This is more bad news in the hellish process of global warming, and the growing threat of a total collapse of life. On Tuesday, April 26, a study by international researchers led by the Stockholm Center for Sustainability, published in the US journal Nature, explains that a sixth planetary limit has just been exceeded: the green water cycle. This is the second year since the announcement in January of exceeding the safety zone in the field of chemical pollution. In total, six of the nine thresholds adopted by the scientific community have already been exceeded.
Green water – a new criterion for analyzing the fresh water cycle
The research focuses on the fresh water cycle, and in particular the green water cycle, still little understood but still valuable because it provides good soil moisture for plant development. Unlike blue water, precipitation contained in rivers, lakes and underground and directly consumed by people, green water evaporated by plants is invisible to us. “This study is unusual because it focuses on the proportion of fresh water fixed by plants at the root level. The green water cycle is known, but we don’t talk much about it because it doesn’t concern us directly,” explains Fabien Lagarde, Research Lecturer in Environmental Chemistry at the University of Le Mans. “When the planetary limit concept was created in 2009, the water cycle didn’t seem to be in danger, but we can’t study fresh water just by looking at how we consume it. Proof, with this new criterion, we realize that the limit has been crossed,” she continues. Indeed, the study tells us that the rate of soil imbalance is as high as 18%. The limit that could not be exceeded was 10%.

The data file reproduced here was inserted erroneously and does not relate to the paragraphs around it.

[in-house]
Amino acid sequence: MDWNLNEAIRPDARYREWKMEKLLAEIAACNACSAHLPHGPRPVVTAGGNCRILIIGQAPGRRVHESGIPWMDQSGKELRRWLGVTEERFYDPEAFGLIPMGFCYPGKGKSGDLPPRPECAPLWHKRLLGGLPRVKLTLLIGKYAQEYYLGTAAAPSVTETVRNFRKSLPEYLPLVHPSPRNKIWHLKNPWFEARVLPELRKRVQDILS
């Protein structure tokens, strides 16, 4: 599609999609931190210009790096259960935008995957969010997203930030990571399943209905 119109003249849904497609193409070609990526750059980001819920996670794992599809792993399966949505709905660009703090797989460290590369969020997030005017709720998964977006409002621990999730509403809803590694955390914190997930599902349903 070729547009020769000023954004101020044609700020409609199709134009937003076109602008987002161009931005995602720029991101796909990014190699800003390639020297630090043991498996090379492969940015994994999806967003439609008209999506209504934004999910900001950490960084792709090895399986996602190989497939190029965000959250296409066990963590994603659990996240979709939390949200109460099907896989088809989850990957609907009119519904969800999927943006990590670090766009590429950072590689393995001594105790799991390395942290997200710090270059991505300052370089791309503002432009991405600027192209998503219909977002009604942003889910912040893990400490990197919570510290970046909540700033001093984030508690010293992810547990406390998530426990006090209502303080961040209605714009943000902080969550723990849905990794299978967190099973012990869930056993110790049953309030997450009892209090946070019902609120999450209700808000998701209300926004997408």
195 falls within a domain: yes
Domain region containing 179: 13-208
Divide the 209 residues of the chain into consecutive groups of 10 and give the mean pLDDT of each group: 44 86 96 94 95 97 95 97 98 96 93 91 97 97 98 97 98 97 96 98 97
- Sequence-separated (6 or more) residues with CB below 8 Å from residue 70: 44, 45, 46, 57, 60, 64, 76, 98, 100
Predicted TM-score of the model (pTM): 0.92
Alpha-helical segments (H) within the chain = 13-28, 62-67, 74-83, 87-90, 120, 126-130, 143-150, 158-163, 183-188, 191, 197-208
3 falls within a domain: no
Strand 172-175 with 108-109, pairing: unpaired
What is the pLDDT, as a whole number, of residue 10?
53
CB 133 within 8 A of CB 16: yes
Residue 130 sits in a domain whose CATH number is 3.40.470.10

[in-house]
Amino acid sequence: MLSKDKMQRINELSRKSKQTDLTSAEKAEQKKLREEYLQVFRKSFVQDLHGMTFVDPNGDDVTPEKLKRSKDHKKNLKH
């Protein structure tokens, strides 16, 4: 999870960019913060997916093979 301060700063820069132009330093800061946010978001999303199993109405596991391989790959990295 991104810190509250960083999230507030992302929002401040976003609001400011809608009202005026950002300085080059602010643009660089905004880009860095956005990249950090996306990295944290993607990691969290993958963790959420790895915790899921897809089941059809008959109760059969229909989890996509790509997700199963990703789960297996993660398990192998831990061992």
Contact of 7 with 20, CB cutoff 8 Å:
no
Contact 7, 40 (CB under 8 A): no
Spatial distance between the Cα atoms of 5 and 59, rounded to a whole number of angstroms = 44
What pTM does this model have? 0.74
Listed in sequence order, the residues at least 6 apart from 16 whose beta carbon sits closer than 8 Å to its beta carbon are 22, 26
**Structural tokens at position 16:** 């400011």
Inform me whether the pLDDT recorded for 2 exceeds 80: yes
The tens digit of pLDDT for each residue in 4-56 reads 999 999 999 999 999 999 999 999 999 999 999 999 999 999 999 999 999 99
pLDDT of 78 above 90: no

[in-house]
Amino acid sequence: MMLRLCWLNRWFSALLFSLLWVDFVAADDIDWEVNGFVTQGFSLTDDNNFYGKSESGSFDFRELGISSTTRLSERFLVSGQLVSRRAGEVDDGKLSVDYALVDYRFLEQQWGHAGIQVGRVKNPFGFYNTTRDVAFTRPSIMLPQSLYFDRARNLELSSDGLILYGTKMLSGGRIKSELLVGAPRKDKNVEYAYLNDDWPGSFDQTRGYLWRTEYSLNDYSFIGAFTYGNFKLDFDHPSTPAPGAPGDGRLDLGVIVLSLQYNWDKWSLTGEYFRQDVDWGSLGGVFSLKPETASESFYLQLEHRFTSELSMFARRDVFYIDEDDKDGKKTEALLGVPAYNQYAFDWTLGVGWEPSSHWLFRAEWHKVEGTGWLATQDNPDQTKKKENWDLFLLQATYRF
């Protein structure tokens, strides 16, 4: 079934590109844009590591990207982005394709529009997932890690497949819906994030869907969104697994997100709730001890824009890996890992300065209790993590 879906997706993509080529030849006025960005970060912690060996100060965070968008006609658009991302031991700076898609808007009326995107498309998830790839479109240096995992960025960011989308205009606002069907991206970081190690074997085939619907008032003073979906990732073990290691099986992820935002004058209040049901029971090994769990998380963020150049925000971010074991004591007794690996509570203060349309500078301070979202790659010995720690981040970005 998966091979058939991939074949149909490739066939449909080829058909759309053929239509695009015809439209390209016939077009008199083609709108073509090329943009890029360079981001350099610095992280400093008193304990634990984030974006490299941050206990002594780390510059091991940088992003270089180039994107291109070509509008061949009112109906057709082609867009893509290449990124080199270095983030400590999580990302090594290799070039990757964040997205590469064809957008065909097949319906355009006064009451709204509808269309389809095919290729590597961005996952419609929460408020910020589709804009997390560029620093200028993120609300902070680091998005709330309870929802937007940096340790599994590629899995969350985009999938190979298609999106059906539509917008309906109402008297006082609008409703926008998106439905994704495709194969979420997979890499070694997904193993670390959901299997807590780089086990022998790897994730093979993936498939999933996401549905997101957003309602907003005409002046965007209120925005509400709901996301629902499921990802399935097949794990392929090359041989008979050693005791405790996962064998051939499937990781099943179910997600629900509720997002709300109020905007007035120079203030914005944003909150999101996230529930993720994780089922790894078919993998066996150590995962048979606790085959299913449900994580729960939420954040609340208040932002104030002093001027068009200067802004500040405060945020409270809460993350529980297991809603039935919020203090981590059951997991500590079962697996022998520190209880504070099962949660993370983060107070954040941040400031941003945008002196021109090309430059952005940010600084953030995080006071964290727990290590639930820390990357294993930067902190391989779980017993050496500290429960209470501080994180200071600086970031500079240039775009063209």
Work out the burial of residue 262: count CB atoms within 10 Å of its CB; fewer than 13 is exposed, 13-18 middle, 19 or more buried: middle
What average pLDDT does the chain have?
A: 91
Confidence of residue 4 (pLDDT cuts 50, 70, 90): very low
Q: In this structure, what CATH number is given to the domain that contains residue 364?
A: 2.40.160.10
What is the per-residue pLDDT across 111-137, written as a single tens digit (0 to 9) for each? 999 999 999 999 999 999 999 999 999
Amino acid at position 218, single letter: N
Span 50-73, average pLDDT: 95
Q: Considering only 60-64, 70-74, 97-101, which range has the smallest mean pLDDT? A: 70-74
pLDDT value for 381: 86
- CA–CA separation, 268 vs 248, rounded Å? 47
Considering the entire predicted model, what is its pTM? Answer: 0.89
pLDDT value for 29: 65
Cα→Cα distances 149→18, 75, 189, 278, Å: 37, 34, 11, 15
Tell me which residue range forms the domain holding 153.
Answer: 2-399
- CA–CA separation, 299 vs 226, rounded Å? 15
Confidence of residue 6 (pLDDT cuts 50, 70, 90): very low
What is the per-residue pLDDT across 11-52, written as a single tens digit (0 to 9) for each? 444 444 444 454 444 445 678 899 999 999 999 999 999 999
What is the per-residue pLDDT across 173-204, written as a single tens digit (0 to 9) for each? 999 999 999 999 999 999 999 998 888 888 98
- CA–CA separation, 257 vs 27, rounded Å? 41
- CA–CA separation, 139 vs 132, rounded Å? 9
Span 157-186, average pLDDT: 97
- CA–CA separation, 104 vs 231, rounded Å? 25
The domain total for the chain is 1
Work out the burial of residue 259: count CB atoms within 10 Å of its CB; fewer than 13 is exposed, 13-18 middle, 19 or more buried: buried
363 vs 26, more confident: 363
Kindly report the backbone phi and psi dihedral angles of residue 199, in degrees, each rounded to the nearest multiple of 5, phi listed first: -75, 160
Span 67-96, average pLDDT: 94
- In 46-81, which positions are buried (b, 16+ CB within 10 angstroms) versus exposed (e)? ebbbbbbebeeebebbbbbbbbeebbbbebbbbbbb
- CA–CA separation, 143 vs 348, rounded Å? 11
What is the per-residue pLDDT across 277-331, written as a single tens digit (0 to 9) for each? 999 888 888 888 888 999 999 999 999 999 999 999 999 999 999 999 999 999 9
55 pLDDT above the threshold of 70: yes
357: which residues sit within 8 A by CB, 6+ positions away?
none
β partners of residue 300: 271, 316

If a person does not have direct access to green water, he puts enormous pressure on it. The main culprit: intensive farming, already underpinning 70% of the human need for blue water, which changes the composition of the soil, dries it and acidifies it. “The risks of non-linear and large-scale changes threaten our planet’s ability to remain in a Holocene-like environment,” said Melanie Mignot, professor of analytical chemistry at INSA Rouen and the COBRA laboratory. The Holocene is a geological epoch that preceded us: it is 11,700 years old and is a climatically stable period that serves as a point of comparison with our current epoch, the Anthropocene.
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As an example and as a warning, the study cites the case of the Amazonian forest, which depends on the moisture content of its soil for survival. “There is evidence that parts of the Amazon are drying up due to climate change and deforestation. These changes are bringing it closer to a tipping point where large parts may move from rainforest to savannah states,” writes Arne Torban, one of the authors. If the soil can no longer hold water, aridity and desertification spread. Then the planet loses its ability to be stable.
Water at the heart of planetary interactions
In this way, the study promotes the use of the new indicator “green water” – in addition to blue water – to study the fresh water cycle and refine knowledge of the earth system. “Research in paleoclimatology is advancing through field measurements and offering more data on soil moisture, plant moisture, and total water storage,” says Melanie Mignot. The long-used soil aridity index has shown its limits, and Fabienne Lagarde sees this publication as “an effort to make different areas of the environment interact with each other to show the gravity of the situation and suggest a more effective global response.” Because if the green water cycle is in danger today, the blue water cycle will be tomorrow, before other disturbing interventions follow.
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To combat the disruption of the overall water cycle, researcher Ingo Fetzer, co-author of the study, calls for “immediate action in the face of deforestation and soil degradation,” human activities that impose too much variability on the Earth. There is still a lot of work to be done, “there is still a lack of research regarding plant access to water, in particular in areas of great importance for the terrestrial functioning of green water,” Melanie Mignot explains. But this research does provide a new opportunity for reflection, and with it a final call to action.